Jay Clouse 52:35
I’m also a community guy and the idea that nearly 9500 people invested in Gumroad’s $5 million campaign, probably a lot of them Gumroad user users or customers. Similarly, almost 7000 investors in Backstage Capital, these are all people that not only are giving you money, but they are lending their voice, they’re lending their own platforms or probably advocating for the fundraise. Now they have invested interest in your success. I think it’s a really, really great marketing and distribution strategy for companies going on Republic similar the way that Kickstarter was in the early days. But the incentive here is even stronger, because you’re not just pre-ordering a product, you extensively can see a long term, actual return on the financial investment you’re making.
Eric Hornung 53:23
One of the biggest things that I think Republic has the ability to solve and this is when the switch will flip, I believe. How familiar you are with what’s happening with Tiger Global, Jay?
Jay Clouse 53:35
Eric Hornung 53:37
Okay, so Tiger Global is a large, multibillion dollar hedge fund that long that decided, hey, I’m gonna get into venture capital. That’s exactly how they did it, too. They just said, I’m feeling it and they came in and they decided they wanted to get into the hottest rounds, and they wanted to preempt everything, and they wanted to move faster than anybody else. So they shorten their due diligence windows, they move fast, they overpriced rounds and they’ve been doing that and disrupting the venture capital world. I don’t think that the valuation aspect of their strategy is more is the most important, I think speed is. I think founders want to spend less time fundraising. So if Republic can be the source of having enough investors to close their fundraising round faster, you mentioned Gumroad, I think they closed in like a couple of hours. I think Arlen and Backstage closed in less than 24 hours. If when you launch on Republic, you’re under written to close in a week without having to go through hundreds of VC presentations. That’s when I think this model flips on and it becomes more the norm in the venture capital space. I think right now, there’s just too many crowd equity crowdfunding campaigns that it’s set out there at 20% funded, that that risk is scary to founders.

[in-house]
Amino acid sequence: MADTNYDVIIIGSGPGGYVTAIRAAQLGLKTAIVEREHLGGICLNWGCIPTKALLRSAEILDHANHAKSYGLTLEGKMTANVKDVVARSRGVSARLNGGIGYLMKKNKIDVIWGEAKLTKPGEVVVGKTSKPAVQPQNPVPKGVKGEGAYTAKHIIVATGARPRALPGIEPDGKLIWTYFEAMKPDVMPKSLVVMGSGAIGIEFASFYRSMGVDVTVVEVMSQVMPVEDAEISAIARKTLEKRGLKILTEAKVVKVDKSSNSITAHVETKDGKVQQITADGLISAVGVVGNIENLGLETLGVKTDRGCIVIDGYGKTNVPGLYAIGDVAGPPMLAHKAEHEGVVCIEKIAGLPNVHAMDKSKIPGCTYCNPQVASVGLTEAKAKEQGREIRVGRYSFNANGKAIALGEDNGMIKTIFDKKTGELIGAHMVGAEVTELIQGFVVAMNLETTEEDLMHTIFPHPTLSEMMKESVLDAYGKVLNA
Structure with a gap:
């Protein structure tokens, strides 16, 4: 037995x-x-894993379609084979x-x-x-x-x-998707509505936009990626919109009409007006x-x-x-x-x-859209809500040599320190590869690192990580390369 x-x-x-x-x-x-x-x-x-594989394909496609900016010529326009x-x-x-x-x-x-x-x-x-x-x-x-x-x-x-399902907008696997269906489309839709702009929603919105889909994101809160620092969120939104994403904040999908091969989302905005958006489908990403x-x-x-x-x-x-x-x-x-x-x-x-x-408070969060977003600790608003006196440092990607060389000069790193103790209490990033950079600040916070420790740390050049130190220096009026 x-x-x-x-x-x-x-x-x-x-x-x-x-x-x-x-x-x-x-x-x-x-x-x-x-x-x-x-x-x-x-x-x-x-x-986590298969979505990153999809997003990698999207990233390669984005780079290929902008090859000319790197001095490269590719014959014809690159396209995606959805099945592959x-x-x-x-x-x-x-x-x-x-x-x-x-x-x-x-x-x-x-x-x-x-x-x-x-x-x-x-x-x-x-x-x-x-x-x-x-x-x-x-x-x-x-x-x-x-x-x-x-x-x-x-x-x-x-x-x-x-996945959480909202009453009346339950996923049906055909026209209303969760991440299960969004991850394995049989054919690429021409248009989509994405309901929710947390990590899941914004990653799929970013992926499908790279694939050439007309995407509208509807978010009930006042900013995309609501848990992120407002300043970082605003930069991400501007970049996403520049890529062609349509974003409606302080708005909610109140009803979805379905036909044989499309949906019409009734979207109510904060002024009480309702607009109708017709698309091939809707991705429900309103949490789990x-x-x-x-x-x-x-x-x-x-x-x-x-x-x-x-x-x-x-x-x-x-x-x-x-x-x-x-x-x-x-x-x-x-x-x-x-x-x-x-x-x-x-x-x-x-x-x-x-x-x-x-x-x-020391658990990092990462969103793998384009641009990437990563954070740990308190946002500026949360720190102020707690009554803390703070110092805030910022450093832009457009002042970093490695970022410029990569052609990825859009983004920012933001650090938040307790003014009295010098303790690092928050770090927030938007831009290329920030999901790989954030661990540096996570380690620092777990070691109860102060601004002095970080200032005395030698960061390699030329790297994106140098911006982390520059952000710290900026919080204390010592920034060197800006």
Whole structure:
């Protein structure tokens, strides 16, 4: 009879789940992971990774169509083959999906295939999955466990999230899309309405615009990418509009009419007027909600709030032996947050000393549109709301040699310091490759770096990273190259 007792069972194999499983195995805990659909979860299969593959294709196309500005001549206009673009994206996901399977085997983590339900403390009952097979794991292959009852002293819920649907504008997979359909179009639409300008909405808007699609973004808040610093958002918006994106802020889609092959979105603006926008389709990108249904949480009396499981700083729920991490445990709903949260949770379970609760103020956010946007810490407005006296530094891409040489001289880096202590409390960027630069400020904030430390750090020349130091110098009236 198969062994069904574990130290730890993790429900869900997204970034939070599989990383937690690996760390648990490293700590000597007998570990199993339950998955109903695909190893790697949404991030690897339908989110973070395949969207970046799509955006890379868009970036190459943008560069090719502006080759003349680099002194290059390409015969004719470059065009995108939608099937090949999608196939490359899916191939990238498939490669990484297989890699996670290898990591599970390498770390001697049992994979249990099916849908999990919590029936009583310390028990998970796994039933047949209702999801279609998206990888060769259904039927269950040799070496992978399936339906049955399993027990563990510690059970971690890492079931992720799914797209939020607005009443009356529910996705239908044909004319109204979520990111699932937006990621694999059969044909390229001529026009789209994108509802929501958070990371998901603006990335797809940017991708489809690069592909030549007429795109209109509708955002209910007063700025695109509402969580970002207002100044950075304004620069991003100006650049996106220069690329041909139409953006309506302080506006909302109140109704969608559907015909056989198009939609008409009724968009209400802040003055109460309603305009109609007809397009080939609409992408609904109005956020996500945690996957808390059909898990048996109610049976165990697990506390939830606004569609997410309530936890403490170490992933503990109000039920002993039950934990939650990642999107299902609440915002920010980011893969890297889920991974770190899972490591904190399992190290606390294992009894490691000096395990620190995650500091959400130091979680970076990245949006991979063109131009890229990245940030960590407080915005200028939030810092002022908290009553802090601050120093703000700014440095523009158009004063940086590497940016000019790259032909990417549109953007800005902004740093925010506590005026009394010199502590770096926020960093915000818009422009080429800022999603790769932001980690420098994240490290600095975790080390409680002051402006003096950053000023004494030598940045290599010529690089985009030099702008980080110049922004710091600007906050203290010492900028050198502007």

Jay Clouse 54:52
Yeah and I know this is a coffee chat episode but looking at Republic as a company and investment opportunity itself, I love that they have an ownership stake in all the companies that are raising on the platform. What a incredible portfolio they’re building by existing and enabling this type of transaction, like, that’s incredible. And you heard Ken say he’s like, if, if it weren’t for like the expenses of the business, he would take all of their cut in ownership of the companies on the platform.
Eric Hornung 55:19
It hearken back to our question to Peter Livingston about how he funds his syndicate and he said, I’m very fortunate that I think he was in Bitcoin, like when it was several 1000. So he has the capital to run this thing for the next 5 to 10 years and can burn his own cash flow, while the equity value of the things he’s investing in, hopefully becomes cash in the future. And I think when you look at some of the great compounders of all time, you look at the Buffett’s, you look at the businesses, they kept their cash burn low, and they focused on getting as much equity as possible so I think it’s a really smart decision. And hopefully, they can figure out a way to take less cash and take more equity.
Jay Clouse 56:01
Well, dear listener, we’d love to hear if you have participated in Republic if you have invested in a company on the platform or what you think about the the platform itself. You can tweet at us @upsidefm or email us firstname.lastname@example.org. And we’ll talk to you again next week.
That’s all for this week. Thanks for listening. We’d love to hear what you think about this episode. So tweeted us @upsidefm or email us email@example.com and let us know. You can learn more about us and browse our entire back catalogue of episodes at upside.fm and if you love our show, please leave a review on Apple podcast that goes a long way in helping us bring high quality guests to the show.
Interview Begins 8:02
Kendrick (Ken) Nguyen is the co-founder and CEO of Republic.
Republic empowers everyone to invest in the future they believe in by providing access to startups, real estate, crypto, and video game investments. Focused on creating a diverse, sustainable, connected world, Republic has facilitated over $600 million in investments from over one million global community members.
Previously, Ken was the General Counsel for Angel List from 2014-2016.
- Ken on AngelList as Non-Engineer Role 8:52
- AngelList Syndicates 10:00
- JOBS Act 12:57
- Republic’s Launch Timing 18:01
- Republic’s Mission 22:04
- Republic’s Business Model 24:51
- Equity Crowdfunding 29:10
- Focusing on the Product Experience 32:31
- ROI in Crowdfunding 35:35
- Upside from Retail Deals 42:47
- Arbitrary Cap 43:58
Republic was founded in 2016 in New York City, New York.